A little late with this review, the DVD dropped last week, but I wanted to give it a proper watch and it’s been hard to find the time to plop myself down for a full ninety minutes recently. Because that’s the rough playing length of this documentary, and the amount of time and attention it deserves.
Scream For Me, Sarajevo tells the tale of a gig. One gig. But a gig in a warzone. An actual, under active fire, bombs and bullets warzone. Bruce Dickinson and his band of the time, Skunkworks, took the brave step of trying to entertain the civilians of Sarajevo as their city underwent the longest military siege in recorded history. This isn’t his story. It’s theirs, the people of Sarajevo.
It also isn’t just a film you can pop on and have in the background, partly as so much of it is not in English, and subtitled. The film-makers have interviewed many people with memories of the Bosnian War for Independence, most of whom were quite young at the time. Despite this, it’s painfully obvious how much the conflict and the memories it brings back still affect them. Yet, bizarrely, some people found it to be the best time of their lives – they lived each day to the fullest knowing it could be their last, organised concerts and shows wherever they could as a way of saying “fuck you” to those who were shelling their homes. They could – would – go on.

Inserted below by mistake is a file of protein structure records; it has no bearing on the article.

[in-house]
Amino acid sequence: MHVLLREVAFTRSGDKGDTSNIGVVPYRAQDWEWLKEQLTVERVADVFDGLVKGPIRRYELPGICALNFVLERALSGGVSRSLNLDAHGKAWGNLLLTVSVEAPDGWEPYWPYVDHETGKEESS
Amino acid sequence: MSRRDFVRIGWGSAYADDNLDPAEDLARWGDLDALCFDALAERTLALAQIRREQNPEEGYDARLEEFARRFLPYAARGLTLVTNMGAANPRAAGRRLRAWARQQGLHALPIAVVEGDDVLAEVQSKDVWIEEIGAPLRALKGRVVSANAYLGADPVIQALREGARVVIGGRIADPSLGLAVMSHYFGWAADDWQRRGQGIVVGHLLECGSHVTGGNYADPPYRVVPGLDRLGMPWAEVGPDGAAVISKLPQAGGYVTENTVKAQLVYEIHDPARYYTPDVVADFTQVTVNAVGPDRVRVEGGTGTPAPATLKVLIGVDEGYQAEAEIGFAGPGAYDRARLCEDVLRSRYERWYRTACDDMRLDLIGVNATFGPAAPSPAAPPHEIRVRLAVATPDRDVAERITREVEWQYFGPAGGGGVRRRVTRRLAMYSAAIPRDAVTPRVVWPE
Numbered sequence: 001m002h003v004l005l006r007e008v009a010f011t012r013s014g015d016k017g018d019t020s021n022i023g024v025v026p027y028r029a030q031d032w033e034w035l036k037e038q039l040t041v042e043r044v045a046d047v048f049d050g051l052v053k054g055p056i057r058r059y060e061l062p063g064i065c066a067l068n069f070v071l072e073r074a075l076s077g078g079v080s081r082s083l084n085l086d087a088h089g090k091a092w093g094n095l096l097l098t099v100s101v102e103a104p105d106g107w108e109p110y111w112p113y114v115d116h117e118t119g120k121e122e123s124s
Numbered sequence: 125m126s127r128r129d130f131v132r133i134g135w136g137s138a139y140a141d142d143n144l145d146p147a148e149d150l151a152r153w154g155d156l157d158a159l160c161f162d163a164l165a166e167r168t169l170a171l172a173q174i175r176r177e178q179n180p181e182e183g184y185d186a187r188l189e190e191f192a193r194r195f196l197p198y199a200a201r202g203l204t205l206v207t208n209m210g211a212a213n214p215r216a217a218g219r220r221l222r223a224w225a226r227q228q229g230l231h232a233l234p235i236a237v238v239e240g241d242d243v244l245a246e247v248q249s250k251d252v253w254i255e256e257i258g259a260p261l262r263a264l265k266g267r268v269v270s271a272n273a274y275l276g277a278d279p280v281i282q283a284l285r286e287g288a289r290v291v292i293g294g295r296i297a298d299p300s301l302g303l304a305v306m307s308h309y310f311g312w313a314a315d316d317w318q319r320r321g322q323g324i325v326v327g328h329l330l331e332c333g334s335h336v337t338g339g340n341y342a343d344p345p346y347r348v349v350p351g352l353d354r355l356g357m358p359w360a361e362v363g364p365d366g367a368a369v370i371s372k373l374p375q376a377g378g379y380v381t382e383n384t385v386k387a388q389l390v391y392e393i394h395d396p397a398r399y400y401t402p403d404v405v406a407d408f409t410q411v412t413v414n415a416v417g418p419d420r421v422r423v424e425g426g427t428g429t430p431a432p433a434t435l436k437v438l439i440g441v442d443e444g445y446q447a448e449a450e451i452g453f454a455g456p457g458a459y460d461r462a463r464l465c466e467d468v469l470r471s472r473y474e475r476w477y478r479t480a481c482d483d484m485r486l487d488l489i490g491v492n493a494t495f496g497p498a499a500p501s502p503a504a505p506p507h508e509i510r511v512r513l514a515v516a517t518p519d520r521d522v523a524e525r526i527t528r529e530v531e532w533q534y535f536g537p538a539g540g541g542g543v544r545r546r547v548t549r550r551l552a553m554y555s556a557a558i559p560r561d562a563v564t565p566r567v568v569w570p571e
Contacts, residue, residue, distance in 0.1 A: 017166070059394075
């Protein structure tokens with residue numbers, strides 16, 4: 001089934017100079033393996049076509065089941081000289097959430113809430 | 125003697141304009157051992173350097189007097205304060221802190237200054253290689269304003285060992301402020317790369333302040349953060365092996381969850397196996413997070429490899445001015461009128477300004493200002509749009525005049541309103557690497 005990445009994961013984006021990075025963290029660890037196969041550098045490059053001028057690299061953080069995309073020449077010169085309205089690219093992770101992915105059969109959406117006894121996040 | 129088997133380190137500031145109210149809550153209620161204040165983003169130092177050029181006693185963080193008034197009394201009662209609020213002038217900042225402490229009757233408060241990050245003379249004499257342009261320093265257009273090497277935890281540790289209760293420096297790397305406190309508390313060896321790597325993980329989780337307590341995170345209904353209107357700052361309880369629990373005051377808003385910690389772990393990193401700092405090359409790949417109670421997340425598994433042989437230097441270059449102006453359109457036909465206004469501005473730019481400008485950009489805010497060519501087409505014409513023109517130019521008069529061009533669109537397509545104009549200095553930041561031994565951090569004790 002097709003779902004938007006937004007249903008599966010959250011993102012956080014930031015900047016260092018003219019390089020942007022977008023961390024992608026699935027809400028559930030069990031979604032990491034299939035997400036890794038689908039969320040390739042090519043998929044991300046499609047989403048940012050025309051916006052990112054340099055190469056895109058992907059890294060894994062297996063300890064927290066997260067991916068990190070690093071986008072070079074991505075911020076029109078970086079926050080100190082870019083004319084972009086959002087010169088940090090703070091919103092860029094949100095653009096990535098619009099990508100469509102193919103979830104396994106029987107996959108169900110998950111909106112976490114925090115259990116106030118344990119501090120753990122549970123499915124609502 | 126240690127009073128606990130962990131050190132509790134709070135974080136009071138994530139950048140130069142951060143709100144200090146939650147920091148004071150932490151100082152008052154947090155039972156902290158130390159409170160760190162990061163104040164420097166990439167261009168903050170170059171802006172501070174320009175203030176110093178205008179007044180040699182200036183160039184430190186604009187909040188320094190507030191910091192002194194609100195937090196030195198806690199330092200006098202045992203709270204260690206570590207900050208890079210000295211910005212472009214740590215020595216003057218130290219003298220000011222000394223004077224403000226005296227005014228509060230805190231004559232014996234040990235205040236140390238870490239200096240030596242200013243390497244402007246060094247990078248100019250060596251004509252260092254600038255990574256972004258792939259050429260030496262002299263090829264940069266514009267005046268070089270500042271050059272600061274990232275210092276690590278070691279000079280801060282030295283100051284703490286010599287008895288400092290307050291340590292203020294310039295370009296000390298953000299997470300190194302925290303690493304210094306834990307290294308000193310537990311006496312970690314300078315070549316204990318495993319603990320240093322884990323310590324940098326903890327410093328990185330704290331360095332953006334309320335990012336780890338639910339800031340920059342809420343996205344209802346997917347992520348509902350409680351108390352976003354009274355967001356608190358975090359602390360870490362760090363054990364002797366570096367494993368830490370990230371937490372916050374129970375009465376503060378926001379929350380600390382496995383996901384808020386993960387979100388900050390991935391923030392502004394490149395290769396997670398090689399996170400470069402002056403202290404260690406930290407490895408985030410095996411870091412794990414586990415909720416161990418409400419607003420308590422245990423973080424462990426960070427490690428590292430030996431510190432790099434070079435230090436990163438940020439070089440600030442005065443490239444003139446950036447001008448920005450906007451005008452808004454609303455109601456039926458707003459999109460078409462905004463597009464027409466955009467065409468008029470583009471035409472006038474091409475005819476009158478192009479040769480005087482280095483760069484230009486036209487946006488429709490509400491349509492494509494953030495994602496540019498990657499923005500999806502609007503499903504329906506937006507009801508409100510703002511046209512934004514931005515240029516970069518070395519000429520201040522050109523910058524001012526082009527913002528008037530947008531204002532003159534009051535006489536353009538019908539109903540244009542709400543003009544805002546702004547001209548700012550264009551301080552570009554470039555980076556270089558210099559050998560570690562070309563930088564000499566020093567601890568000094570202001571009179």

Then two UN representatives had a bright idea. Why not see if someone from outside of Sarajevo could come and put on a show? The person they ended up in contact with was one Bruce Dickinson, at the time not in Iron Maiden and enjoying some success as a solo musician, and somehow they convinced him that all would be fine. Because why not, eh?
The majority of the film details the planning, organisation, journey and pitfalls surrounding putting the gig on. It’s made up of many snippets of interviews, including Dickinson and his bandmates, glued together in perfect fashion to blend the ups and the downs, the laughs and the scares.
What makes the whole documentary interesting is hearing the tale of the conflict from both the inside and outside perspectives. The emotional rollercoaster runs throughout, with the main focus not being on the music but on the people – as it should be.
Scream For Me, Sarajevo isn’t just a film for Iron Maiden or Bruce Dickinson fans. It’s a film that should be watched for the historical tale it tells. We’re supposed to learn from history, and to prevent certain events re-occurring. I certainly learned a lot about an event that took place during my own childhood. Highly recommended.
Scream For Me, Sarajevo is out now.